ECD: Of course, e-cigarettes are not the only alternative to smoking. Snus is regarded as one of the safest alternatives and some experts we have interviewed believe it contains no measurable risk at all. In your opinion, has the banning of Snus caused the death of smokers in the UK?
Adrian: Times have changed since the EU ban on snus was originally imposed and even hard-line tobacco control advocates now acknowledge that snus is much safer than cigarettes. So the reasoning for maintaining the ban seems more political than scientific, especially given that some smokeless products that are potentially much more harmful than snus are legally on sale. Quite bizarre really!
Perhaps the best answer would be to replace the specific EU ban on snus with a comprehensive overhaul of EU tobacco and nicotine regulation. I’d hope that this would put all nicotine-containing products under the same regulatory umbrella, classify them according to risk, and ensure that consumers are informed accordingly so that they can self-regulate their risk.
To get back to your question, according to one study over 200,000 premature deaths might be avoided annually in just fifteen EU countries if smoking rates were as low as in Sweden, which is attributed in large part by many observers to the Swedish preference for snus instead of cigarettes. So intuitively, it’s very tempting to say ‘yes’. However, without snus having been on sale legally in the UK it’s not really possible to give a definite answer. This is because we don’t know what the UK consumer reaction might have been to snus being made available as an alternative to cigarettes.
It’s not sufficient to just put a less harmful product like snus on the shelves in the hope that consumers will buy it; it has to have consumer relevance and sufficient utility to stimulate trial and repeat purchase. The same is of course true for E-cigarettes and any other less harmful cigarette-alternative. This is where public health backing, rather than criticism, of the launch of such products can play a vital role in getting the message across to the consumer, even if these products originate from the tobacco industry.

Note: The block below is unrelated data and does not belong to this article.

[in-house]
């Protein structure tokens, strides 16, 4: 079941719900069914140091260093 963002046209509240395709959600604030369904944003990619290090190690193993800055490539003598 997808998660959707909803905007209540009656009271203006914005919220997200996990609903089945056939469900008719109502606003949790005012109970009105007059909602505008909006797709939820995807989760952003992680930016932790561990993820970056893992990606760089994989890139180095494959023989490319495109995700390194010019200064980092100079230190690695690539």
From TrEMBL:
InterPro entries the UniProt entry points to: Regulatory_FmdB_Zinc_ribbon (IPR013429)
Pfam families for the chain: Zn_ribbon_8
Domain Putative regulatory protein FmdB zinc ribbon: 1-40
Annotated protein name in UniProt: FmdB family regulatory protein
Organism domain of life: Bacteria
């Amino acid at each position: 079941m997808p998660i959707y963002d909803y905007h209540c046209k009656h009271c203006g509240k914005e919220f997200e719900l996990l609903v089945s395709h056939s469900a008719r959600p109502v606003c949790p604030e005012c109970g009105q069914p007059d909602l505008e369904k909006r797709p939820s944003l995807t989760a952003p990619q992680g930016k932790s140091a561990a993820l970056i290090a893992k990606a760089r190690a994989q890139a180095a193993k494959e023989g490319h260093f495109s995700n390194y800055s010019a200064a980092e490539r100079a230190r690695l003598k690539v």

ECD: Do you see parallels between Snus and E-Cigarettes?
Adrian: Absolutely, there are definite parallels here. Both products offer smokers nicotine-providing alternatives to cigarettes at a vastly reduced relative risk, primarily because of users not having to inhale tobacco smoke. Both products also offer the consumer some elements of the ritualistic aspects of smoking that medicines don’t. And Sweden offers a good example of how preferences have changed when consumers are given the choice. That doesn’t mean to say that either type of product would necessarily have a universal attraction for smokers. But even if only a small minority of smokers switched, the public health benefits could still be considerable.
A regrettable parallel is that the opposition of some to cigarette alternatives such as snus and E-cigarettes seems to be born out of an absolutist view that the use of tobacco products (or anything resembling them) should be eradicated from modern-day society. Prohibition didn’t work for alcohol in the US and I see no reason why it should work for tobacco either. Some detractors claim that making cigarette alternatives like snus and E-cigarettes available encourages dual-use in combination with cigarettes and thus delays quitting smoking. But the same criticism could equally well be directed towards medicinal nicotine products marketed to relieve cravings during temporary abstinence from smoking.
Finally, I’d say that the current controversy about both snus and E-cigarettes is indicative of the fact that current models of tobacco and nicotine regulation have outlived their usefulness. Urgent revision is required to help, rather than hinder, consumers being able to make healthier choices if they either don’t want to, or can’t, quit their nicotine dependence entirely. E-cigarettes and the voices of the many E-cigarette users world-wide could prove to be a powerful catalyst for change in this regard; as someone who has long had a passionate interest in tobacco harm reduction, I certainly hope so!
Many thanks to Dr Payne for sparing us the time for this interview.
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